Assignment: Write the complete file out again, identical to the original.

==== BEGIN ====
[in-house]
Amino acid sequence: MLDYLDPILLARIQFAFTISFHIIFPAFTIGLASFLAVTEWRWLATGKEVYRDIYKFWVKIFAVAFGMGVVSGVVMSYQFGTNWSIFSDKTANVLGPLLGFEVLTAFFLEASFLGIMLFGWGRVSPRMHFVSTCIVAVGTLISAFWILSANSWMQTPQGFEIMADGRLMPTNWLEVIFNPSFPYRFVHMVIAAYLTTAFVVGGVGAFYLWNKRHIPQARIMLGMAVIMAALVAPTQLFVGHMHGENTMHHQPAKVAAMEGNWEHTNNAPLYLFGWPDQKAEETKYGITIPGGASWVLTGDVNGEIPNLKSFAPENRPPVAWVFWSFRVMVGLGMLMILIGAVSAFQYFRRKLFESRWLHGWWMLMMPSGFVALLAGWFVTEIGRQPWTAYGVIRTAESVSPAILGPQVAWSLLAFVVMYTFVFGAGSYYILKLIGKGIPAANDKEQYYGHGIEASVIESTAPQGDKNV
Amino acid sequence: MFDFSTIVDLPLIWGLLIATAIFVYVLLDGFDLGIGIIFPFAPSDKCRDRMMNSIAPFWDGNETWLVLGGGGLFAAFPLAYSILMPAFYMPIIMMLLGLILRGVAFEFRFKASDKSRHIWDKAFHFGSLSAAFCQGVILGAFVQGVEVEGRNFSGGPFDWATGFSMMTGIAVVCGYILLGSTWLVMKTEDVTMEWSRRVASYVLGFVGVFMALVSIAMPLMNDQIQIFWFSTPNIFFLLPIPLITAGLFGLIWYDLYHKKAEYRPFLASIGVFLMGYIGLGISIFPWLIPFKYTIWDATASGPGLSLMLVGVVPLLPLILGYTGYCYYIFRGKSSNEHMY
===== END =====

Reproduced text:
[in-house]
Amino acid sequence: MLDYLDPILLARIQFAFTISFHIIFPAFTIGLASFLAVTEWRWLATGKEVYRDIYKFWVKIFAVAFGMGVVSGVVMSYQFGTNWSIFSDKTANVLGPLLGFEVLTAFFLEASFLGIMLFGWGRVSPRMHFVSTCIVAVGTLISAFWILSANSWMQTPQGFEIMADGRLMPTNWLEVIFNPSFPYRFVHMVIAAYLTTAFVVGGVGAFYLWNKRHIPQARIMLGMAVIMAALVAPTQLFVGHMHGENTMHHQPAKVAAMEGNWEHTNNAPLYLFGWPDQKAEETKYGITIPGGASWVLTGDVNGEIPNLKSFAPENRPPVAWVFWSFRVMVGLGMLMILIGAVSAFQYFRRKLFESRWLHGWWMLMMPSGFVALLAGWFVTEIGRQPWTAYGVIRTAESVSPAILGPQVAWSLLAFVVMYTFVFGAGSYYILKLIGKGIPAANDKEQYYGHGIEASVIESTAPQGDKNV
Amino acid sequence: MFDFSTIVDLPLIWGLLIATAIFVYVLLDGFDLGIGIIFPFAPSDKCRDRMMNSIAPFWDGNETWLVLGGGGLFAAFPLAYSILMPAFYMPIIMMLLGLILRGVAFEFRFKASDKSRHIWDKAFHFGSLSAAFCQGVILGAFVQGVEVEGRNFSGGPFDWATGFSMMTGIAVVCGYILLGSTWLVMKTEDVTMEWSRRVASYVLGFVGVFMALVSIAMPLMNDQIQIFWFSTPNIFFLLPIPLITAGLFGLIWYDLYHKKAEYRPFLASIGVFLMGYIGLGISIFPWLIPFKYTIWDATASGPGLSLMLVGVVPLLPLILGYTGYCYYIFRGKSSNEHMY